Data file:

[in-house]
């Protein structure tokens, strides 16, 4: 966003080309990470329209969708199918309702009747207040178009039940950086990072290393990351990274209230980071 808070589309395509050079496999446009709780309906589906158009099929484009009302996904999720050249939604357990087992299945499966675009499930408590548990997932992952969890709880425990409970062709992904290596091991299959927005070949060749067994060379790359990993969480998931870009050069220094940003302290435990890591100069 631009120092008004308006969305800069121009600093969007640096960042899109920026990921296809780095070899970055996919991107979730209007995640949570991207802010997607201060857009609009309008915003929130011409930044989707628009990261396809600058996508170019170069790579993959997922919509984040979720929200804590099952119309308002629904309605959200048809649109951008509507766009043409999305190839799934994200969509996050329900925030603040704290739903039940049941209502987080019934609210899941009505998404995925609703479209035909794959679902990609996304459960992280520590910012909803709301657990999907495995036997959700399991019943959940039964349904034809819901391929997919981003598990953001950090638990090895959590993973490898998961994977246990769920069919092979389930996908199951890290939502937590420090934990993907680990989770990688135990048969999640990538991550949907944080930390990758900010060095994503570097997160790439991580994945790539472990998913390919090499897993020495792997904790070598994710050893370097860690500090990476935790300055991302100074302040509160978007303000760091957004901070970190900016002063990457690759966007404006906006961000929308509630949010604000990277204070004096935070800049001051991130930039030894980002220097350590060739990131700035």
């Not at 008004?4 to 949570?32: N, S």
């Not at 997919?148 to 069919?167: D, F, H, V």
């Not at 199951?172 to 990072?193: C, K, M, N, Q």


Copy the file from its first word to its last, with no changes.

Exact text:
[in-house]
């Protein structure tokens, strides 16, 4: 966003080309990470329209969708199918309702009747207040178009039940950086990072290393990351990274209230980071 808070589309395509050079496999446009709780309906589906158009099929484009009302996904999720050249939604357990087992299945499966675009499930408590548990997932992952969890709880425990409970062709992904290596091991299959927005070949060749067994060379790359990993969480998931870009050069220094940003302290435990890591100069 631009120092008004308006969305800069121009600093969007640096960042899109920026990921296809780095070899970055996919991107979730209007995640949570991207802010997607201060857009609009309008915003929130011409930044989707628009990261396809600058996508170019170069790579993959997922919509984040979720929200804590099952119309308002629904309605959200048809649109951008509507766009043409999305190839799934994200969509996050329900925030603040704290739903039940049941209502987080019934609210899941009505998404995925609703479209035909794959679902990609996304459960992280520590910012909803709301657990999907495995036997959700399991019943959940039964349904034809819901391929997919981003598990953001950090638990090895959590993973490898998961994977246990769920069919092979389930996908199951890290939502937590420090934990993907680990989770990688135990048969999640990538991550949907944080930390990758900010060095994503570097997160790439991580994945790539472990998913390919090499897993020495792997904790070598994710050893370097860690500090990476935790300055991302100074302040509160978007303000760091957004901070970190900016002063990457690759966007404006906006961000929308509630949010604000990277204070004096935070800049001051991130930039030894980002220097350590060739990131700035």
């Not at 008004?4 to 949570?32: N, S």
């Not at 997919?148 to 069919?167: D, F, H, V």
């Not at 199951?172 to 990072?193: C, K, M, N, Q």